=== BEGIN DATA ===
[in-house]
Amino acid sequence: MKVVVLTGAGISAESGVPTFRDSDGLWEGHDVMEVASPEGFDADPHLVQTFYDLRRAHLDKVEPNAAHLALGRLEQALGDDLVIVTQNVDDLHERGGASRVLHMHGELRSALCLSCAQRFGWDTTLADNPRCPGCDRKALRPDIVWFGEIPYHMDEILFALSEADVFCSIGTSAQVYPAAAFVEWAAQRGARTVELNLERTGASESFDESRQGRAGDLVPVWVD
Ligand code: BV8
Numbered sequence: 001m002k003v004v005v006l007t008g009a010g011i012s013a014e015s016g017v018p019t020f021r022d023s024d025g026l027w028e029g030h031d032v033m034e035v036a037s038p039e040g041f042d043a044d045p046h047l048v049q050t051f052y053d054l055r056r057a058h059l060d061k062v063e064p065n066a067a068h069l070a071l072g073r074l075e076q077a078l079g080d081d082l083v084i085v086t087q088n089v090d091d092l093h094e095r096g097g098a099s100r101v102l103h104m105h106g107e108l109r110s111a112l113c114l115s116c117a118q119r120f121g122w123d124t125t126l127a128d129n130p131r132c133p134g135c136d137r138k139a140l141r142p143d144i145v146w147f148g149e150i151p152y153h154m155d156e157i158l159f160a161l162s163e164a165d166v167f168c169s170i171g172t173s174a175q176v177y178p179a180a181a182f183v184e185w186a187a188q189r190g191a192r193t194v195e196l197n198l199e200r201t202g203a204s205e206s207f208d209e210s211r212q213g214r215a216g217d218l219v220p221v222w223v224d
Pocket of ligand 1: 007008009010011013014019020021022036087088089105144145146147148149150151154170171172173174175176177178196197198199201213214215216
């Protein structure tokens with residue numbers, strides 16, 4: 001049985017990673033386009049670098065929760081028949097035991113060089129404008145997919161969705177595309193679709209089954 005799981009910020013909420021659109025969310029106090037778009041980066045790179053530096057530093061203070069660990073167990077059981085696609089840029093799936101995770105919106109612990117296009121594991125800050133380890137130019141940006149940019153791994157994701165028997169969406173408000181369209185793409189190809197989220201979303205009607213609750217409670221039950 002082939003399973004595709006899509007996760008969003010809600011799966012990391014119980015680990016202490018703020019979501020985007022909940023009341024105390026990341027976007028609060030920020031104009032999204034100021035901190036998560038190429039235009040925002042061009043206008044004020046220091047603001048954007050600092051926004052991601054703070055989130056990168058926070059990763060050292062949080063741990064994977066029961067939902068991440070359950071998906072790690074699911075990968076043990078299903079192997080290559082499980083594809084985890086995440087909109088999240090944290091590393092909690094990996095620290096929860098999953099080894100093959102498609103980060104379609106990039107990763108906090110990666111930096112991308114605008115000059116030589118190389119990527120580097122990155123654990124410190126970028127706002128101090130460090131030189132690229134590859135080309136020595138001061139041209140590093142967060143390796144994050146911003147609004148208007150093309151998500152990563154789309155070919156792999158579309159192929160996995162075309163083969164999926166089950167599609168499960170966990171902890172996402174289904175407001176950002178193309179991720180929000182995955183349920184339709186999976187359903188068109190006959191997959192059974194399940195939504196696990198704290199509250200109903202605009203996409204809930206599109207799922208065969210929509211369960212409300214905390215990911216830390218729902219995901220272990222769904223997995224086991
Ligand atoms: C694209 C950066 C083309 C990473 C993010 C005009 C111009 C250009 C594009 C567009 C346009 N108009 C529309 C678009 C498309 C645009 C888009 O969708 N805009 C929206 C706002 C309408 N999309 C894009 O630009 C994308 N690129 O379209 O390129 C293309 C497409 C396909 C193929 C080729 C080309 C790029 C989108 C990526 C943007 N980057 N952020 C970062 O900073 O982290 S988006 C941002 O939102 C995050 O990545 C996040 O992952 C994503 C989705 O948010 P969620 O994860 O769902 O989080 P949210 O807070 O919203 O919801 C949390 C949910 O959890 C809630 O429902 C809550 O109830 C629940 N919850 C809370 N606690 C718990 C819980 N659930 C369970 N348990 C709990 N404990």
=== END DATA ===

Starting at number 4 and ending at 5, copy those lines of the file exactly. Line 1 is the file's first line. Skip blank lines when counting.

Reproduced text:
Numbered sequence: 001m002k003v004v005v006l007t008g009a010g011i012s013a014e015s016g017v018p019t020f021r022d023s024d025g026l027w028e029g030h031d032v033m034e035v036a037s038p039e040g041f042d043a044d045p046h047l048v049q050t051f052y053d054l055r056r057a058h059l060d061k062v063e064p065n066a067a068h069l070a071l072g073r074l075e076q077a078l079g080d081d082l083v084i085v086t087q088n089v090d091d092l093h094e095r096g097g098a099s100r101v102l103h104m105h106g107e108l109r110s111a112l113c114l115s116c117a118q119r120f121g122w123d124t125t126l127a128d129n130p131r132c133p134g135c136d137r138k139a140l141r142p143d144i145v146w147f148g149e150i151p152y153h154m155d156e157i158l159f160a161l162s163e164a165d166v167f168c169s170i171g172t173s174a175q176v177y178p179a180a181a182f183v184e185w186a187a188q189r190g191a192r193t194v195e196l197n198l199e200r201t202g203a204s205e206s207f208d209e210s211r212q213g214r215a216g217d218l219v220p221v222w223v224d
Pocket of ligand 1: 007008009010011013014019020021022036087088089105144145146147148149150151154170171172173174175176177178196197198199201213214215216